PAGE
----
Ad Council x Reddit

tl;dr 

Over the last five years, Ad Council has partnered with Reddit to address a host of critical social issues like inclusion and acceptance, the dangers of texting while driving, hunger relief, and more. One of Ad Council’s most successful campaigns on Reddit has been the recent Seize the Awkward Promoted Megathread. Created in collaboration with Reddit’s Karma Lab, the campaign helped make difficult subject matter approachable by providing our users a wealth of resources, conversation starters, and communities to draw from. The campaign resonated deeply with Redditors, driving 2x higher CTR than all of Ad Council’s 2022 campaigns on our platform.

Ad Council taps into the potential of Reddit Promoted Megathreads

Created in collaboration with Reddit’s Karma Lab, the campaign helped make difficult subject matter approachable by providing our users a wealth of resources, conversation starters, and communities to draw from. The campaign resonated deeply with Redditors, driving 2x higher CTR than all of Ad Council’s 2022 campaigns on our platform.

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2X

Higher CTR than the average of all Ad Council’s 2022 Traffic objective campaigns on Reddit

#1

CTR Performer of any Ad Council campaign on Reddit across all objectives: video views, awareness, & traffic  

2x

Higher CTR achieved with custom-created, Reddit-specific assets vs. standard assets

Sources: 
Ad Council
Footnotes
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Felicia Carmichael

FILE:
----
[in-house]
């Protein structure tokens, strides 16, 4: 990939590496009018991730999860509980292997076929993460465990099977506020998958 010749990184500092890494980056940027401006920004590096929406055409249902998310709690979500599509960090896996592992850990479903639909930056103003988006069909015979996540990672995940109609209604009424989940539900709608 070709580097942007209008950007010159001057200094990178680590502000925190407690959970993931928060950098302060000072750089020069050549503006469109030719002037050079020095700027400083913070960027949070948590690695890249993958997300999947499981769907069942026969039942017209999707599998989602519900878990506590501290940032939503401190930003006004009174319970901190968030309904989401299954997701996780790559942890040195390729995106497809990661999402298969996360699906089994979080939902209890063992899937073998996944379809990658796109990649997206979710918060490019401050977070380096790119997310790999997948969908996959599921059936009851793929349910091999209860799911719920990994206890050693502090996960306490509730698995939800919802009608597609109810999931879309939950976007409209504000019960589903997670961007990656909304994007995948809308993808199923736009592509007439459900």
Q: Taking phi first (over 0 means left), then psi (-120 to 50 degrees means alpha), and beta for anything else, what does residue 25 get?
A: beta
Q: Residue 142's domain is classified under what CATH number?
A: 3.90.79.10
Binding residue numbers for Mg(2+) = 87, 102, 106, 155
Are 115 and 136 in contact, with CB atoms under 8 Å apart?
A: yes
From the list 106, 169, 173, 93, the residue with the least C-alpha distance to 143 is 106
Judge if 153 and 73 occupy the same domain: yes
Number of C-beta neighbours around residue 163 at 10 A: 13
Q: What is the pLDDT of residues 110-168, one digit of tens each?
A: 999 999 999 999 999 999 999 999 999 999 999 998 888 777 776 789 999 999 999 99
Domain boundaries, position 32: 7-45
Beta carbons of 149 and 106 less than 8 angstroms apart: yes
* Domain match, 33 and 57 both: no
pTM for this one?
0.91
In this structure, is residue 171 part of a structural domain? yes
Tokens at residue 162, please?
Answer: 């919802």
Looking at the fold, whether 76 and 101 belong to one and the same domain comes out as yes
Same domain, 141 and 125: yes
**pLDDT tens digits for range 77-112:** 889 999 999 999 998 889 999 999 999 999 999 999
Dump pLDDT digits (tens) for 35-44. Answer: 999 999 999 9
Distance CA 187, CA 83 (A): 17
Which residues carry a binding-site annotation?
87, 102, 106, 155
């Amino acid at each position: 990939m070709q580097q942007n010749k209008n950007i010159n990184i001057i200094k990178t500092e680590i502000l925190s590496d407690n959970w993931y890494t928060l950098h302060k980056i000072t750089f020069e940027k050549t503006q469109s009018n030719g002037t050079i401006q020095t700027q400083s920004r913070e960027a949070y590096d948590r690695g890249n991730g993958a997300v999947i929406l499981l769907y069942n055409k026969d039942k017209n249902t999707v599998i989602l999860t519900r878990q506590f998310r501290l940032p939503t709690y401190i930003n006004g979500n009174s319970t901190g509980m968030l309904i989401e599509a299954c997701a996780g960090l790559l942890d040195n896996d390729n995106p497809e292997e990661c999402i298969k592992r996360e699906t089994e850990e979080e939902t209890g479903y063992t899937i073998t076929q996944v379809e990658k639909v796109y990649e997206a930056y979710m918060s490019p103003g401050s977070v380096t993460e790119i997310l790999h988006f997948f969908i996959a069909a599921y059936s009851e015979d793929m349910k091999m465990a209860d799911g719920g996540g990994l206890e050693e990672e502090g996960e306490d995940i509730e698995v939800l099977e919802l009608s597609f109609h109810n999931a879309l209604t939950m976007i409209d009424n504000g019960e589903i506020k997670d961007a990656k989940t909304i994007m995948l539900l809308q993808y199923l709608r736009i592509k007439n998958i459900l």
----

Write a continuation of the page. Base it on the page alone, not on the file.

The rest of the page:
Director of Media, Social & Emerging

Ad Council

"Reddit has always been very supportive in addressing some of these critical issues that we talk about at the Ad Council. They’ve been great partners for over the last five-plus years. It’s always a seamless process working with the Karma Lab team. They really understand what our objectives are, our KPIs are, and the kind of messaging we’ll lean into."
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[MEGATHREAD] How to talk to friends about mental health
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It’s important you and your friends have the space and support to talk about mental health. Want to reach out to a friend and not sure how to go about it? Read below for tips, things to know, and conversation starters to help have a chat with a friend.

Noticing something’s off with a friend? You might not be sure whether your friend is displaying worrisome signs regarding their mental health. Here are a few signs to look out for: